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Neurosurgeons lace up their athletic shoes to support the American Brain Tumor Association

June 09, 2015

Neurosurgeons Richard Gorman, DO and Phillip Porcelli, DO, are lacing up their athletic shoes to support the American Brain Tumor Association. Both neurosurgeons and other members of The Neuroscience Institute at Kettering Health Network will be participating in the Brain Tumor 5K on Saturday, June 13 in Columbus.

The American Brain Tumor Association is a national organization committed to funding brain tumor research and providing support and education programs for all tumor types and all age groups.

“I am walking for my patients with brain tumors who are fighting for their lives every day,” says Dr. Porcelli. “I hope my walking in this event can improve the quality of life for my patients and all people with brain tumors.”

For more information about the Brain Tumor 5K, visit www.abta.org, click on Join an Event, then under Get Involved click on Breakthrough for Brain Tumors 5K Run & Walk.

The Neuroscience Institute is Kettering Health Network's comprehensive treatment center for diseases and disorders of the brain and spine. The Institute offers the most advanced diagnostic, surgical and therapeutic neuroscience care available. The institute is home to many of the world's most brilliant minds in the field of neuroscience, and the most sophisticated tools and technology, including the NeuroBlate® laser therapy used for patients who have difficult-to-access tumors.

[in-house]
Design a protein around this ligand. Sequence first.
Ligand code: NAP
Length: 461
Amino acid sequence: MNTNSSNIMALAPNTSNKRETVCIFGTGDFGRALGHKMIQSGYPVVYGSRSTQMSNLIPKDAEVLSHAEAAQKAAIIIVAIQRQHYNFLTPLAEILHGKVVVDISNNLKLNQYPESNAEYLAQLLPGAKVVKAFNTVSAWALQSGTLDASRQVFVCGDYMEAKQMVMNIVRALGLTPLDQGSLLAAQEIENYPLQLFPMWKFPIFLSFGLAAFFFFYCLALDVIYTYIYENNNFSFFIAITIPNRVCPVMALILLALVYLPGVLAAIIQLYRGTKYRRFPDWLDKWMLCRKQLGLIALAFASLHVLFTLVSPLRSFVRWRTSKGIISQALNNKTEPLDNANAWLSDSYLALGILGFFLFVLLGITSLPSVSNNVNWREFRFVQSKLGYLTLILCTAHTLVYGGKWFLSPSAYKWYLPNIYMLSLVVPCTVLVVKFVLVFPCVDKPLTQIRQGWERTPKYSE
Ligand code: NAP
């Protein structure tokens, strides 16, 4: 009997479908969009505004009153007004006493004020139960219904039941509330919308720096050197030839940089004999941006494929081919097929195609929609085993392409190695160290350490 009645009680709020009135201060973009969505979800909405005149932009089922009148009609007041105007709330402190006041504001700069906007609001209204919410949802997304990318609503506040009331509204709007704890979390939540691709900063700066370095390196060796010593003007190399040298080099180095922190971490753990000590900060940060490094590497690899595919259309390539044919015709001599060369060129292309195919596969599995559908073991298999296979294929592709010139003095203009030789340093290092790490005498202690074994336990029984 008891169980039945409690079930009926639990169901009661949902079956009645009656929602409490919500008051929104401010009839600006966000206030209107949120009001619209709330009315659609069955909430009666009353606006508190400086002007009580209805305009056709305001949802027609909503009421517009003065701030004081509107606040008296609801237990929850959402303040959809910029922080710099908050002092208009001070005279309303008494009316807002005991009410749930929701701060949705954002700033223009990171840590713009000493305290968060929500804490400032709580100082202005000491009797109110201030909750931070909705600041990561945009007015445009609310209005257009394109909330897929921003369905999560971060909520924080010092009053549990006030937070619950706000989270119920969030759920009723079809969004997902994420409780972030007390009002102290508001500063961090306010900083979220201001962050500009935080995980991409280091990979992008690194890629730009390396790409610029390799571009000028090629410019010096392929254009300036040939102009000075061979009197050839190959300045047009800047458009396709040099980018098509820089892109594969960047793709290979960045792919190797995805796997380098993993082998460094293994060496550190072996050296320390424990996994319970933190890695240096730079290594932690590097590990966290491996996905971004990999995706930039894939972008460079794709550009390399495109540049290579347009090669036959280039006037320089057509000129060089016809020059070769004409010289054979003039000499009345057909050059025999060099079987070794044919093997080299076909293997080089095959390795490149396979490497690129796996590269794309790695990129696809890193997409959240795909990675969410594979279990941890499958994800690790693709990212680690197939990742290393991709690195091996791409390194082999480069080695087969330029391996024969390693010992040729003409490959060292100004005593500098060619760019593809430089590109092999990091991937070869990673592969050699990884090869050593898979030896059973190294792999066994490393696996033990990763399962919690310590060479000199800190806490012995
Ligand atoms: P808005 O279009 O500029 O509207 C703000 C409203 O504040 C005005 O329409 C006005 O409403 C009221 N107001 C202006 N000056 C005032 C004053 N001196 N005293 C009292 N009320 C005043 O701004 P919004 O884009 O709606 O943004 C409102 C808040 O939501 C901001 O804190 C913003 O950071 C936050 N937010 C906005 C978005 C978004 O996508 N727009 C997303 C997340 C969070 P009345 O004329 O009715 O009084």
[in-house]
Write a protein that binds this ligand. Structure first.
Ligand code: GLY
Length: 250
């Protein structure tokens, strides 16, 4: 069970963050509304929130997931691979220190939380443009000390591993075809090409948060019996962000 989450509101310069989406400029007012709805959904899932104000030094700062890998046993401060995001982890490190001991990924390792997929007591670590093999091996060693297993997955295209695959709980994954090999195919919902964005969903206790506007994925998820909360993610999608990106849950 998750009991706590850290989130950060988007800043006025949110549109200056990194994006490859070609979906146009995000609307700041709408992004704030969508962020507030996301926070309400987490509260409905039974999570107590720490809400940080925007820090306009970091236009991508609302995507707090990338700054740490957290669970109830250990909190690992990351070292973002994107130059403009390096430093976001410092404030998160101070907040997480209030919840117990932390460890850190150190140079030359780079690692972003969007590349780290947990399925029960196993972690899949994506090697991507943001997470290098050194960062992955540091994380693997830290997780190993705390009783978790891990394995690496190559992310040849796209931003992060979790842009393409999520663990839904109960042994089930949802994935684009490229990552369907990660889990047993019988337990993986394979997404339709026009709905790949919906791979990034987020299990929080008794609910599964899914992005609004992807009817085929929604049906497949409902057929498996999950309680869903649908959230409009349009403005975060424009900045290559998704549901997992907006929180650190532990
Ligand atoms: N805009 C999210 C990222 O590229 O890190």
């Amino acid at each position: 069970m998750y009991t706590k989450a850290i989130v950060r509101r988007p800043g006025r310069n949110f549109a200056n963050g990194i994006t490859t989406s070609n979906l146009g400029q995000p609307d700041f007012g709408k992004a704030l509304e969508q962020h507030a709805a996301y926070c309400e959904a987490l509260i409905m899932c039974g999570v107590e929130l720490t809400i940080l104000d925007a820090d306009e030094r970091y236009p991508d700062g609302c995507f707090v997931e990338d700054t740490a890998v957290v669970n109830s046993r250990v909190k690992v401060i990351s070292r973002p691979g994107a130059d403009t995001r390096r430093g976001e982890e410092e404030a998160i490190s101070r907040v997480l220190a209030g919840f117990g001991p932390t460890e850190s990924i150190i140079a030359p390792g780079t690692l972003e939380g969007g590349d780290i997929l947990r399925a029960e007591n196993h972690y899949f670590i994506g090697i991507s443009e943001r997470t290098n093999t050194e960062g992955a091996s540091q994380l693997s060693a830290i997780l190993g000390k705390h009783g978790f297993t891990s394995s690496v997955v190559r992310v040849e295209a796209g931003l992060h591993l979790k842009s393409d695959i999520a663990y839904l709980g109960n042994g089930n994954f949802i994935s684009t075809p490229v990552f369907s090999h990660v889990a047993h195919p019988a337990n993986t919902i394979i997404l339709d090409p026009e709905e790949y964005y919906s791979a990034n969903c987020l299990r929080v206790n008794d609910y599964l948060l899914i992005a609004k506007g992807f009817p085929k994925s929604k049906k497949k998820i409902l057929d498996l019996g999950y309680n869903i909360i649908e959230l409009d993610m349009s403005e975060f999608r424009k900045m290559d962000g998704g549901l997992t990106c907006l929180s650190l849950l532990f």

Kettering Health Network also offers a unique nuclear medicine program that helps patients to receive early, more precise diagnoses and improved outcomes using state-of-the-art diagnostic positron emission tomography (PET) imaging. Kettering Medical Center is unique in that it owns a medical cyclotron used to manufacture PET tracers. The hospital is one of only ten medical facilities in the United States that manufactures and uses novel PET tracers (radioactive chemicals not normally offered in hospitals) for direct clinical use. One of these novel tracers is methionine, an amino acid used to diagnose low-grade tumors.

ketteringhealth.org/neuro/brain-tumor


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